Dishes are designed for sharing, but the latter half of the menu moves from the realm of small plates to more traditionally sized entrees. Gnochetti sardi is a glorious eggplant pasta; both the gnochetti and eggplant are cooked perfectly al dente, then infused with charred tomatoes and molten mozzarella. The beef burger, meanwhile, is glazed with Korean barbecue and covered in bacon, crispy shallots and gooey American cheese, like a cross between a haute Big Mac and bulgolgi. Both may be big enough to share, but you will still have a difficult time offering up your portion.
- MABEL SUEN
- The pork steak is served with leek salad, salsa fresca and butter lettuce cups.
Elmwood's pork steak adheres to the backyard form, down to a thin layer of tomatoey barbecue glaze that caramelizes on the grill. Alone, it's stunning, but Altnether slices it and serves it alongside lettuce cups, pickled leeks and a sauce made from pureed vegetables, transforming it from simple cookout fare to a fusion taco. His take on a roasted chicken is no less dazzling. The chef takes a young bird, rubs it in Middle Eastern-inflected spices and serves it with muhamarra, a mouthwatering Syrian barbecue sauce that is silken, but features little pod-shaped Aleppo peppers that pop when bitten. It's the comfort of Grandma's kitchen — if Grandma regularly traveled to Damascus.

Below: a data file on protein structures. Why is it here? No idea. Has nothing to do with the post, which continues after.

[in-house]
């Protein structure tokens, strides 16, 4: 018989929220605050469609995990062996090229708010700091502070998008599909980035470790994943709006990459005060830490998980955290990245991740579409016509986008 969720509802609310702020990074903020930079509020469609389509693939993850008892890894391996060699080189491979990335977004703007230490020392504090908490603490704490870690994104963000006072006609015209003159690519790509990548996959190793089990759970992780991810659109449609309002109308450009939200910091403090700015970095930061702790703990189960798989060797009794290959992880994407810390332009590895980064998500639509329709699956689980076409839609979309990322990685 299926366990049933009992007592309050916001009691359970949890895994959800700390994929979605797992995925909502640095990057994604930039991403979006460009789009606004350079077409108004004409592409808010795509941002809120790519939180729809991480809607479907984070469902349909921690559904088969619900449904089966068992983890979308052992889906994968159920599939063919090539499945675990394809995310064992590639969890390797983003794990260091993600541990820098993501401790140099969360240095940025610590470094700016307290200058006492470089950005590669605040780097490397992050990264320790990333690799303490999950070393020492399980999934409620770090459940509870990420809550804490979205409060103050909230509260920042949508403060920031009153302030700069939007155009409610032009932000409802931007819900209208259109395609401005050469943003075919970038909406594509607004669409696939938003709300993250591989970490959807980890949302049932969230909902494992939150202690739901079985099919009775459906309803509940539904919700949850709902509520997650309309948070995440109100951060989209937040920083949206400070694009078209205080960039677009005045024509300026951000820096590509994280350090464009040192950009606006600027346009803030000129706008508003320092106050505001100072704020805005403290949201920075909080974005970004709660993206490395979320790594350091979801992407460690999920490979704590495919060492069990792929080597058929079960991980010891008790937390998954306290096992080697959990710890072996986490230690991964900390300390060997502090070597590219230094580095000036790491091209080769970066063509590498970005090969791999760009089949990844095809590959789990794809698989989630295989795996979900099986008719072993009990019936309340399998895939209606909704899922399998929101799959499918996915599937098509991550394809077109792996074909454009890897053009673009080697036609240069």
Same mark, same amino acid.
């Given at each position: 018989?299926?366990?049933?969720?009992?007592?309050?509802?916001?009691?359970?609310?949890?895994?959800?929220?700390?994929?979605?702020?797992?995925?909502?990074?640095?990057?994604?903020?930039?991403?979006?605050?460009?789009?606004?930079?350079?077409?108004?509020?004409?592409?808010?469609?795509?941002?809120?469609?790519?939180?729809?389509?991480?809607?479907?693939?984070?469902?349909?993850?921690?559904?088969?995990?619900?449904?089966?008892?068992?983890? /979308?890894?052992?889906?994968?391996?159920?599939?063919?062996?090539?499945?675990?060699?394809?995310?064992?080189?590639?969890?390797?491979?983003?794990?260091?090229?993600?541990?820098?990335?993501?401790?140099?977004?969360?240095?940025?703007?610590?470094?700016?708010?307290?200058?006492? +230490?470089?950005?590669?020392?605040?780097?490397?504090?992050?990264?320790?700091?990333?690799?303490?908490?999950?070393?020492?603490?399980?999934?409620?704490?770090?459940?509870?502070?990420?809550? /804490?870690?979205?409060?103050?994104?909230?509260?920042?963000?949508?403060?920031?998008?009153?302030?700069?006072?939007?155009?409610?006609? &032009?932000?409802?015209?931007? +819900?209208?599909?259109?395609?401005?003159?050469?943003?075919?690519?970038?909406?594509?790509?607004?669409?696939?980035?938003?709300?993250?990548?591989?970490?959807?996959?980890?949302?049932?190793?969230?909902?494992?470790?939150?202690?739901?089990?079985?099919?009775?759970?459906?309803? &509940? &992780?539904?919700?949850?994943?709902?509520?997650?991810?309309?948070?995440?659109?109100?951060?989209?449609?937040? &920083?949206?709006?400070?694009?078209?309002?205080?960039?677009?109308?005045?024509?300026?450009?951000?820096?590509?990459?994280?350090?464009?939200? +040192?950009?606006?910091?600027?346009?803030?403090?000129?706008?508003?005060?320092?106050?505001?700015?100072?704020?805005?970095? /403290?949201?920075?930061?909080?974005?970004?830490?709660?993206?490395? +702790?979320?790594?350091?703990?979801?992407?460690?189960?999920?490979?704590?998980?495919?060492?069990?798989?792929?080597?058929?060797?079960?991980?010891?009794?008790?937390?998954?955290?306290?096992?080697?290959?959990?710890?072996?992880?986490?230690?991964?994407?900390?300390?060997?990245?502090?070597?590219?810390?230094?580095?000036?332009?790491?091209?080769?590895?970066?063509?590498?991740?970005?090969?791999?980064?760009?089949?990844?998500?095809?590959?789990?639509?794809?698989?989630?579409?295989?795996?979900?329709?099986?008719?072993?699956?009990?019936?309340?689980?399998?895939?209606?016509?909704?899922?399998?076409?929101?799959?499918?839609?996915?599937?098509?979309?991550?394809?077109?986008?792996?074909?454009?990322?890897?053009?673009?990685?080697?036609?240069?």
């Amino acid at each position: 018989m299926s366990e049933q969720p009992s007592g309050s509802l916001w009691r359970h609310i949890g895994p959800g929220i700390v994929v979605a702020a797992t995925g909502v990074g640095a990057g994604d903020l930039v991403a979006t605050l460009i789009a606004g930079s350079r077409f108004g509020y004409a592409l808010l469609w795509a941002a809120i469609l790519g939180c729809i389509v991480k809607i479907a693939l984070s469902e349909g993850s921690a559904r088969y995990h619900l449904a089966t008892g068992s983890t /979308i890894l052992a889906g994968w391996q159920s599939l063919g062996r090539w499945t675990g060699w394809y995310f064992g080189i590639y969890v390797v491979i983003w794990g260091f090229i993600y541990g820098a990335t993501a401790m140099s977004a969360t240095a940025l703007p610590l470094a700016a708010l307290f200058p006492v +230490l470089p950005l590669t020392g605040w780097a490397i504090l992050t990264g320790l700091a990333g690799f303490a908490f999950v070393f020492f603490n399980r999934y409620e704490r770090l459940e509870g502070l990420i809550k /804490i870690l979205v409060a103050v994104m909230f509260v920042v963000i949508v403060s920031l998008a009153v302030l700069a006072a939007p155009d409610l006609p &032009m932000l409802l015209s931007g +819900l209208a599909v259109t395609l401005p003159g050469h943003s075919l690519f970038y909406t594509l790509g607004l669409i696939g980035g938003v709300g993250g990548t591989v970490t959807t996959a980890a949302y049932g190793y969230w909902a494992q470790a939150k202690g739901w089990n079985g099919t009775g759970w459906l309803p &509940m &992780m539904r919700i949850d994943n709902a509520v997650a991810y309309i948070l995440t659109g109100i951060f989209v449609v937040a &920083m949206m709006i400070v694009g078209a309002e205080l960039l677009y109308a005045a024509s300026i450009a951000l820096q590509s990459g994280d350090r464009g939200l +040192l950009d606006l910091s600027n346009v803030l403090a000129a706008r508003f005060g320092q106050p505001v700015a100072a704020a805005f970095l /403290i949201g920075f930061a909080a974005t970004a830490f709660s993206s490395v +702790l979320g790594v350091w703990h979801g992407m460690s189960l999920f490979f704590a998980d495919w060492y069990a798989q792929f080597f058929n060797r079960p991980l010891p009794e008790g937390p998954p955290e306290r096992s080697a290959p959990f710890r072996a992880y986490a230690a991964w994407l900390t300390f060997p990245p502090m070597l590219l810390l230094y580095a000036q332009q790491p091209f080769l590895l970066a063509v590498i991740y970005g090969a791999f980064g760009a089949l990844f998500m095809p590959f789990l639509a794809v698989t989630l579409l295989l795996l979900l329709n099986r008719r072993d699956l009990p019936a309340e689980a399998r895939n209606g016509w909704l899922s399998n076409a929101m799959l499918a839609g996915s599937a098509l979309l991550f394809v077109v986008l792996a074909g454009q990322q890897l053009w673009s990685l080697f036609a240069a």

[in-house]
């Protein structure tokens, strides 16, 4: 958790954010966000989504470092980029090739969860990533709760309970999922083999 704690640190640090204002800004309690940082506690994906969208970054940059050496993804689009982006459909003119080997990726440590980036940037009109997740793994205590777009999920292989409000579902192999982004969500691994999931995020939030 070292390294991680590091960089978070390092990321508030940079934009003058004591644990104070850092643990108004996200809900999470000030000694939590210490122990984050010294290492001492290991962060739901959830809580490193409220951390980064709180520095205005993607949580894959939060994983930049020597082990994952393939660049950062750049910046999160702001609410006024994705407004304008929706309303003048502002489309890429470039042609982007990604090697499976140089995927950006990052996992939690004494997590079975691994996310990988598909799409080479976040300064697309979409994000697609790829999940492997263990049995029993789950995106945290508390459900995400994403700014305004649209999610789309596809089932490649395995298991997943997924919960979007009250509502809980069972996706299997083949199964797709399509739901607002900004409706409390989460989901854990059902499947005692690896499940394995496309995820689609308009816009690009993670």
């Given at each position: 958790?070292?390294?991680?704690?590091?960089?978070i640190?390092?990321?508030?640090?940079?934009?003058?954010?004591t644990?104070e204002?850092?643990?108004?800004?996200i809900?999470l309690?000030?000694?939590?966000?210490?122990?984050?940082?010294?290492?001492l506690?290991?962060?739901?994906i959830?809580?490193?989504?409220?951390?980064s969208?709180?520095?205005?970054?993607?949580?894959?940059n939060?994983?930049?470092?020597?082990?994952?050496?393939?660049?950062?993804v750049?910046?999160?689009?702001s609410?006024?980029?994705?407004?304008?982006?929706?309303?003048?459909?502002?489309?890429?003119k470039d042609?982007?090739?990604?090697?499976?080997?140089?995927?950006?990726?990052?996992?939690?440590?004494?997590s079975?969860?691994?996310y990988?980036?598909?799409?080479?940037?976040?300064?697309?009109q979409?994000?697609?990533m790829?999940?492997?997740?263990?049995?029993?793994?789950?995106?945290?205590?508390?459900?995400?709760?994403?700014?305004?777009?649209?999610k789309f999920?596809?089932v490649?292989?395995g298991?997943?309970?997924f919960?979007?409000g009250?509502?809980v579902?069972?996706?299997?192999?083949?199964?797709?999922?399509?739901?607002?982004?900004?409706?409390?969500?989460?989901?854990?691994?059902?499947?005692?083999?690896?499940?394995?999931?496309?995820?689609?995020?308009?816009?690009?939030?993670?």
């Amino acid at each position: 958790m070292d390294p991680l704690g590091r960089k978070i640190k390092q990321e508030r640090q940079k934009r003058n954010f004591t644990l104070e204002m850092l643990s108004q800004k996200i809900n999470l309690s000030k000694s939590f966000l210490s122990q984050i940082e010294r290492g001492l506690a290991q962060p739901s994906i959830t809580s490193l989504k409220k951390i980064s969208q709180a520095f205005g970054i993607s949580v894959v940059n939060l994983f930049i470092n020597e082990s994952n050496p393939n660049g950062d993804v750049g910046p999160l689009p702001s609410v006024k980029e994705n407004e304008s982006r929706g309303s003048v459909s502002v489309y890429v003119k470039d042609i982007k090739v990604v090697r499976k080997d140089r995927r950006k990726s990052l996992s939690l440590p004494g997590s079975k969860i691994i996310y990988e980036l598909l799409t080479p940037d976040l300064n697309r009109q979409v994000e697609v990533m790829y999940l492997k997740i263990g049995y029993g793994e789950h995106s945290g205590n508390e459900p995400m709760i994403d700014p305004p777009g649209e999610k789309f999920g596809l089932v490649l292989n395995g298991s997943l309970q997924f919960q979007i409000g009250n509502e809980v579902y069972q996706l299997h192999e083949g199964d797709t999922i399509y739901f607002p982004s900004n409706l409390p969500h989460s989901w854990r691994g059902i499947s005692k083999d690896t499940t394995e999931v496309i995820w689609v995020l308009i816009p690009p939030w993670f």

Elmwood's simplest dish, though, may be its best. A whole roasted black bass is presented skin-on and deboned, its exterior gently kissed with grill char, its inside the texture of tempered butter. The shockingly tender flesh melts on the tongue, its creaminess balanced by a vibrant salsa verde. It's just grilled fish and salsa, yet it rises to the level of a masterpiece.
Cooked on the grill, even a dish of strawberries rises to a magical level. The local berries are gently grilled, which brings out their juice and adds a subtle savory component. Caramel and vanilla ice cream gild this already gleaming lily.
- MABEL SUEN
- The lamb cruda is served with yogurt, spices of kheema pav and lavash.
Elmwood is positively glorious — unquestionably one of the best restaurants in the city — and that's not just because of that Josper grill. As masterful as Altnether is in the kitchen, Kelling is equally so with the front of the house, cultivating an environment of hospitality that puts you at ease, even in the midst of such a wondrous place. "We're nothing if we're not genuine," he likes to say, and that ethos is what makes Elmwood succeed where others do not — nailing that hard-to-hit tone of a restaurant that is simultaneously special occasion and somewhere to grab a burger and a beer after work on a Wednesday.
And that balance is even more striking than anything a fancy grill can produce.
- MABEL SUEN
- Elmwood is located in Maplewood.